A 2013 study in the Journal of Dance & Somatic Practices found that Pilates increased mindfulness and sensory awareness, which may improve your mood, relaxation, and stress reduction.
“Pilates teaches you to be mindful by incorporating breathing patterns, transitions within exercises, and a constant reminder of your abdominals initiating each move,” says Rogers.
A separate study by the University of Illinois at Urbana-Champaign found that mind-body exercises such as yoga or Pilates that utilize meditation, breathing, and postures significantly improve brain function and memory compared to aerobic exercise.
Regularly doing Pilates exercises such as Single Leg Stretch and Spine Stretch utilize little to no movement but require a focus on breath and alignment that can bring about significant brain benefits.
5. Pilates/A Good Diet May Aid In Your Weight Loss Goals
We all appreciate better core strength and improved flexibility, but we also want our workouts to move the scale — Pilates and a healthy diet may help you with that.
Rogers notes that “Pilates and a good diet will aid in weight loss due to the simplicity of a mindful approach to both modalities. The amount of time spent engaging your abdominals, lengthening and strengthening your muscles will simultaneously help you to commit to smart nutrition choices.”
A 2017 study in the Journal of Sports Medicine & Physical Fitness found that 90 minutes of Pilates, three times a week for eight weeks, decreased overall weight, body mass index, and fat percentage for a group of obese women.
Unlike many forms of yoga that tend to hold key poses, the fluidity and movement of Pilates allow you to burn calories while you build core stability and strength.
Want to get in even better shape? “Everybody can initiate change with a consistent Pilates practice, good nutrition, and a conscious mind. Consult your doctor or health coach to learn more for your unique needs.” says Rogers.
Try the Pilates Corkscrew, Scissors, or Seal to torch even more calories during your workout.
6. Pilates Can Reduce Back Pain
Up to 80 percent of adults experience low-back pain at some point in their lives, which accounts for more than 264 million lost workdays per year, which is one of the most common reasons for staying home, according to the American Chiropractic Association.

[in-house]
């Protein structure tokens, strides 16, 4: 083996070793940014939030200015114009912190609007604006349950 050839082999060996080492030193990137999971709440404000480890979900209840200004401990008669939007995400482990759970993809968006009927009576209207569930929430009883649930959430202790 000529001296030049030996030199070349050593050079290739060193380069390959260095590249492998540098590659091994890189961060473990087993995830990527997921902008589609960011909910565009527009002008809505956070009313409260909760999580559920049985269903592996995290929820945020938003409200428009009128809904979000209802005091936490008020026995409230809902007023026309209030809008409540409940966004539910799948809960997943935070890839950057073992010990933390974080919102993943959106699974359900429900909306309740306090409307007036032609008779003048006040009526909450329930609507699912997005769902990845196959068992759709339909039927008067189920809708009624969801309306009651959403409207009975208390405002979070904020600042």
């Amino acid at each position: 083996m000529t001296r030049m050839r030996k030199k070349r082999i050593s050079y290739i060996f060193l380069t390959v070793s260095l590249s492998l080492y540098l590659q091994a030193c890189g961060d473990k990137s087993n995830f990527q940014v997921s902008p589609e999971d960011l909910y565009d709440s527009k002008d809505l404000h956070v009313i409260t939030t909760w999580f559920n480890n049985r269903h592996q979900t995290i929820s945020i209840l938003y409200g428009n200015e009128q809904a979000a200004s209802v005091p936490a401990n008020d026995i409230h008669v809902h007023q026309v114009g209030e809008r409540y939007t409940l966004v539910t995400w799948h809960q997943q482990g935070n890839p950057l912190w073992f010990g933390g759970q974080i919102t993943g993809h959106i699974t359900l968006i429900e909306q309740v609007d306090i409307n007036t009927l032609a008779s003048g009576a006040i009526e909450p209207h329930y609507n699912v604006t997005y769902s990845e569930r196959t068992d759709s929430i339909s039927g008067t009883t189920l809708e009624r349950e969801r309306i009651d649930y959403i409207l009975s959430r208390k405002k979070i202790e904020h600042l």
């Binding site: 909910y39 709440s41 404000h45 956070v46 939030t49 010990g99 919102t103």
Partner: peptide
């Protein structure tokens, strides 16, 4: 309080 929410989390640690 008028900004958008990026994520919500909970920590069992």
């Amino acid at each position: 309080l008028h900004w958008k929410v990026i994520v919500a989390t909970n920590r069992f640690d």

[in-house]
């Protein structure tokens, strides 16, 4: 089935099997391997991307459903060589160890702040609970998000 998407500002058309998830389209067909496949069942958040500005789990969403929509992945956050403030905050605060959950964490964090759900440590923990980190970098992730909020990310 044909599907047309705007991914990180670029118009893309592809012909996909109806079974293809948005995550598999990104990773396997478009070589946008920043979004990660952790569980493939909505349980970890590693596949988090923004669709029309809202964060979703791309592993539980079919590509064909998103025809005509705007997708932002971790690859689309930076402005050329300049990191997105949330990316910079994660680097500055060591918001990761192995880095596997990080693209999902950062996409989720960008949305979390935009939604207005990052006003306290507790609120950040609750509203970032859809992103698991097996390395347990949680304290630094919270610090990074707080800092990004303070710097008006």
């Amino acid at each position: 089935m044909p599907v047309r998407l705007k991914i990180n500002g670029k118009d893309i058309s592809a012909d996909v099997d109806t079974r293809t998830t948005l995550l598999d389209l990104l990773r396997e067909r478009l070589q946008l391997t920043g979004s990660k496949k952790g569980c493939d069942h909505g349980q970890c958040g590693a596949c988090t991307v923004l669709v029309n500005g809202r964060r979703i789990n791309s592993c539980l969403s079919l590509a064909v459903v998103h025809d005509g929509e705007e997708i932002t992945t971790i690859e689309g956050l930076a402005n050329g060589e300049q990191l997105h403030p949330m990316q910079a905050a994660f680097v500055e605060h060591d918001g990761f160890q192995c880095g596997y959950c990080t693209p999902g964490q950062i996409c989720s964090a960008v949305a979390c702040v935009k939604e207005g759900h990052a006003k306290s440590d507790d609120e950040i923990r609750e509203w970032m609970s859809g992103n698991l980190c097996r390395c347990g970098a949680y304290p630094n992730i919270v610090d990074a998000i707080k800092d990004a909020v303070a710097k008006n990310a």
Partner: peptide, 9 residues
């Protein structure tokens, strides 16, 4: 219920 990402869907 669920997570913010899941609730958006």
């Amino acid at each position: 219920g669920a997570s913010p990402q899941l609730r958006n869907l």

A review published in Sports Health of studies from 1995 to 2009 on Pilates and back pain found that regular Pilates practitioners experienced significant reductions in the frequency, intensity, and duration of low-back pain.
A separate study published in the journal Clinical Rehabilitation also found that Pilates was able to improve pain, function, and quality of life for those with lower-back pain.
We recommend Pilates exercises such as Pelvic Tilt, Chest Lift, or Swimming to strengthen back muscles and reduce low-back pain.
- Effect Of the Pilates Method on Physical Conditioning Of Healthy Subjects: a Systematic Review and Meta-analysis www.ncbi.nlm.nih.gov/pubmed/26004043
- Benefits Of Flexibility Exercises www.health.harvard.edu/staying-healthy/benefits-of-flexibility-exercises
- A Systematic Review Of the Effects Of Pilates Method Of Exercise in Healthy People www.ncbi.nlm.nih.gov/pubmed/22030232
- Pilates: What Is It? Should It Be Used in Rehabilitation? www.ncbi.nlm.nih.gov/pmc/articles/PMC3445206/
- Pilates, Mindfulness and Somatic Education www.ncbi.nlm.nih.gov/pmc/articles/PMC4198945/
- Differences in Brain Structure and Function Among Yoga Practitioners and Controls www.ncbi.nlm.nih.gov/pmc/articles/PMC6023989/
- The Effect Of Pilates Exercise on Body Composition in Sedentary Overweight and Obese Women www.ncbi.nlm.nih.gov/pubmed/27607588
- Low Back Pain Fact Sheet www.ninds.nih.gov/Disorders/Patient-Caregiver-Education/Fact-Sheets/Low-Back-Pain-Fact-Sheet
- Back Pain Facts and Statistics www.acatoday.org/Patients/What-is-Chiropractic/Back-Pain-Facts-and-Statistics
- Pilates Improves Pain, Function and Quality Of Life in Patients with Chronic Low Back Pain: a Randomized Controlled Trial journals.sagepub.com/doi/abs/10.1177/0269215514538981